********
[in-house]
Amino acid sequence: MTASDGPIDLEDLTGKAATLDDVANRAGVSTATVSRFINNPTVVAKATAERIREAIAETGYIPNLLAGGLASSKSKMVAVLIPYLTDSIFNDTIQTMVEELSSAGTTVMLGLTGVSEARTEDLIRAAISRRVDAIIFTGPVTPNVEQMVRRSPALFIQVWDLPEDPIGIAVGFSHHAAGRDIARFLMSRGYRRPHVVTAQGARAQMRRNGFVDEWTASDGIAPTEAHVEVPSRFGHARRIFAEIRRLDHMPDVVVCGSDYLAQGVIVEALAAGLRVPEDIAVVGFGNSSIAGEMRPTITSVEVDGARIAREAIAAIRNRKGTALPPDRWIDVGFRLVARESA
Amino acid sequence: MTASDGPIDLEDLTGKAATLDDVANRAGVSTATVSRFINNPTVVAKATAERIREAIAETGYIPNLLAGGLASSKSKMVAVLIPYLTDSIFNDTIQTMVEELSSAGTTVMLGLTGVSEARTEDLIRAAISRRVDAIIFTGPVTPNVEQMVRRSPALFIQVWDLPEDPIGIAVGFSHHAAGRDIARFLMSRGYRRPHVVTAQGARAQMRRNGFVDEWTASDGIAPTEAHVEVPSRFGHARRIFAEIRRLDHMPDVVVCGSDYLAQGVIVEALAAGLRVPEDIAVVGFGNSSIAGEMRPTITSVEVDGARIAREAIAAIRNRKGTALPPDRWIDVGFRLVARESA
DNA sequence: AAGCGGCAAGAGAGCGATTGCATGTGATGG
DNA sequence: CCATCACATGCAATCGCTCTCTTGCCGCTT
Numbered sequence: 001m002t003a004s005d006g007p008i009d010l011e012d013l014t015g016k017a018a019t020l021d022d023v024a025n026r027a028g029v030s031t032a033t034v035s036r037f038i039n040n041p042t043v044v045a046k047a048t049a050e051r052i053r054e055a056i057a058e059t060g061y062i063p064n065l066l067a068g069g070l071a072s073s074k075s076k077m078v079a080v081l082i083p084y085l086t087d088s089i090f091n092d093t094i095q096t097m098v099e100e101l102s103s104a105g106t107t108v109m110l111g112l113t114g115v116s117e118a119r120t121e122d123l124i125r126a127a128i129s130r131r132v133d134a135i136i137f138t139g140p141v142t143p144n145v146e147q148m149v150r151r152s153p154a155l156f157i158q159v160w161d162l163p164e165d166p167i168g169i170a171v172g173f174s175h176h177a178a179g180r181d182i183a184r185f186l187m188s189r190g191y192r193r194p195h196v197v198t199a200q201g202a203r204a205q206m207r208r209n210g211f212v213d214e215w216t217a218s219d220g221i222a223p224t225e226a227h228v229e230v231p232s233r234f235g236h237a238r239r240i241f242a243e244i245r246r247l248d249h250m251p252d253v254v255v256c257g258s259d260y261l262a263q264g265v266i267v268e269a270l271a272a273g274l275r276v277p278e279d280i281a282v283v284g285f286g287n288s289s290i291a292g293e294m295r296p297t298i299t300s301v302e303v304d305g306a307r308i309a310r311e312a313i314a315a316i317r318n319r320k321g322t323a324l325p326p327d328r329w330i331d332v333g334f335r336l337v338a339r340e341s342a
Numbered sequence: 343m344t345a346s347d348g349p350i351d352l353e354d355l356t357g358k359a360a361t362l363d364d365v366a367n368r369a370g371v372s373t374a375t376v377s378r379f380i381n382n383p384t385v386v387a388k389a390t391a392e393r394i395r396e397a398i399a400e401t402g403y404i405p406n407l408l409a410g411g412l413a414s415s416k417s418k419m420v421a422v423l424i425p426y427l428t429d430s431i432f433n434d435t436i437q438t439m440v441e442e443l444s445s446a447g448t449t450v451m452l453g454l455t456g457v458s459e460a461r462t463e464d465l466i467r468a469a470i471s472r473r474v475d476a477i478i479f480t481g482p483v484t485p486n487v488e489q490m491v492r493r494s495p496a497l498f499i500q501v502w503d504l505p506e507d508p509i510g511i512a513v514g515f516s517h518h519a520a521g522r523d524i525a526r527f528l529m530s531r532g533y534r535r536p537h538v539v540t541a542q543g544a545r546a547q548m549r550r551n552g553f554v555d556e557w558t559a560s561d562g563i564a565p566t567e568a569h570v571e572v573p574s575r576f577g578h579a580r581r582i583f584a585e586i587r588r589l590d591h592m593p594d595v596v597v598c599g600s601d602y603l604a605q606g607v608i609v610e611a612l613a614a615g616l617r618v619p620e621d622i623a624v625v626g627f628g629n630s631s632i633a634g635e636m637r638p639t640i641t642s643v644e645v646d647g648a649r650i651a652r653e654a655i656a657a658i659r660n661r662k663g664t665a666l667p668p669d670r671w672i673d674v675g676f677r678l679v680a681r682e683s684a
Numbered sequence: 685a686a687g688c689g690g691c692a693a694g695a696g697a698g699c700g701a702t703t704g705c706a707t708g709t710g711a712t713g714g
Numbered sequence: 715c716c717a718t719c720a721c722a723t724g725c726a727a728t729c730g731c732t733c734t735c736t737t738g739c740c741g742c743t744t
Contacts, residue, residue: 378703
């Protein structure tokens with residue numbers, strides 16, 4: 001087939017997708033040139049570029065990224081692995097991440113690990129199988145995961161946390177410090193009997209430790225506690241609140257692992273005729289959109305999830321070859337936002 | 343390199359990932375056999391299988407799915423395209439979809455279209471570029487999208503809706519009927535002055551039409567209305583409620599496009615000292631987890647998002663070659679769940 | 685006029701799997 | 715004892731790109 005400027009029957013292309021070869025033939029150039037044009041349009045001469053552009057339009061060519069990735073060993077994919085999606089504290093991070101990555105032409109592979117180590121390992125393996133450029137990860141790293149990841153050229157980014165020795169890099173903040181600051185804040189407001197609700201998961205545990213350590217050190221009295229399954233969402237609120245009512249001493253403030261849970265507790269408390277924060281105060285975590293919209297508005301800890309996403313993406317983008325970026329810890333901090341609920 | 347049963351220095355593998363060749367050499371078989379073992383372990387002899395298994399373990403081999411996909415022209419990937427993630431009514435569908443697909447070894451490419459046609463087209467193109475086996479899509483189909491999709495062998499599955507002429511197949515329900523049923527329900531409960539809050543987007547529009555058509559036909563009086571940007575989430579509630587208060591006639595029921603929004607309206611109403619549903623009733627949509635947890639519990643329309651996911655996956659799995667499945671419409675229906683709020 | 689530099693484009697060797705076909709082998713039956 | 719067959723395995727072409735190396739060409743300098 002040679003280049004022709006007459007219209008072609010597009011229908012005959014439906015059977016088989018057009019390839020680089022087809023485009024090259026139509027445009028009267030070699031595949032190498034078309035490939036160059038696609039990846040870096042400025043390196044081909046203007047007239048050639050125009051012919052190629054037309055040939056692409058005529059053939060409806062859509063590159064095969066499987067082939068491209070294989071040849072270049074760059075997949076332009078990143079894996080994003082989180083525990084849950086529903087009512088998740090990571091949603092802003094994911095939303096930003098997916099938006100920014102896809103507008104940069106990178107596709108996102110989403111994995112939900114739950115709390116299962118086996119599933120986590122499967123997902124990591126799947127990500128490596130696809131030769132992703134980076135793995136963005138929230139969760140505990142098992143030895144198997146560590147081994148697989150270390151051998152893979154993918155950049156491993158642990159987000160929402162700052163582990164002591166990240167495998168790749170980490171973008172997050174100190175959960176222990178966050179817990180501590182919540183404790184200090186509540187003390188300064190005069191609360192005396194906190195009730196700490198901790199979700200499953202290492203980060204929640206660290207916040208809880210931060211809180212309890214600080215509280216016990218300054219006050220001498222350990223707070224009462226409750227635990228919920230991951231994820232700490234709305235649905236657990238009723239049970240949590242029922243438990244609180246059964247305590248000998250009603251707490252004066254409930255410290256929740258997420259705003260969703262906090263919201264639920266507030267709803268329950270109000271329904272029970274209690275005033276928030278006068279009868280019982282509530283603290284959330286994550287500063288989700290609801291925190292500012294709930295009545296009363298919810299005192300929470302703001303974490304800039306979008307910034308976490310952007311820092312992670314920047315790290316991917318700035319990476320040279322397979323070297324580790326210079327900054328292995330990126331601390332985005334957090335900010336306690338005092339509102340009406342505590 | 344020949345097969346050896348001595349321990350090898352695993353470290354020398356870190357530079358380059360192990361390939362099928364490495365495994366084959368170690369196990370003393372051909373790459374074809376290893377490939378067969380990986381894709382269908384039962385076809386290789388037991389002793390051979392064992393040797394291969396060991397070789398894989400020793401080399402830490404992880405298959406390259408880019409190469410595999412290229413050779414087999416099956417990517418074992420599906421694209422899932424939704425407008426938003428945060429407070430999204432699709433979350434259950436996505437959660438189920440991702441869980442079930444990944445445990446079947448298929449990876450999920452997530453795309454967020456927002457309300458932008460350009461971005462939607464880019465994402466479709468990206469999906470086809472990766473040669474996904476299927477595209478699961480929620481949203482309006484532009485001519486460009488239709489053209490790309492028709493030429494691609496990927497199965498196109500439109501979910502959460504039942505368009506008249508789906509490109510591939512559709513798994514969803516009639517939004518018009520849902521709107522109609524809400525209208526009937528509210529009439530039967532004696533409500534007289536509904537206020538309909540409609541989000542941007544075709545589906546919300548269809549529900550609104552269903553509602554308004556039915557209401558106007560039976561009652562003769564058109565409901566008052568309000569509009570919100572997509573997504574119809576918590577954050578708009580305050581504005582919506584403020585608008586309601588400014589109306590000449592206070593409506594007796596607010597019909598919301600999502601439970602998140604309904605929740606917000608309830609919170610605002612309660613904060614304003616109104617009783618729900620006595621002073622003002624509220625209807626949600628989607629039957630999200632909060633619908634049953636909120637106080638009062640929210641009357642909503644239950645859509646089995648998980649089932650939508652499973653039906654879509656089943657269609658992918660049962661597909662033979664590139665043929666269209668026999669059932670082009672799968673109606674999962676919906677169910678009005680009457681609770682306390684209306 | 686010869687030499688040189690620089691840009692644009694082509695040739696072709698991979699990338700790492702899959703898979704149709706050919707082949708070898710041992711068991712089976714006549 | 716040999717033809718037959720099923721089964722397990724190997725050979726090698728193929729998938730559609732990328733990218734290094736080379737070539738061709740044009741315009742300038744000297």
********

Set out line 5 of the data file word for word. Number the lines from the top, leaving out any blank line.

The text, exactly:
DNA sequence: CCATCACATGCAATCGCTCTCTTGCCGCTT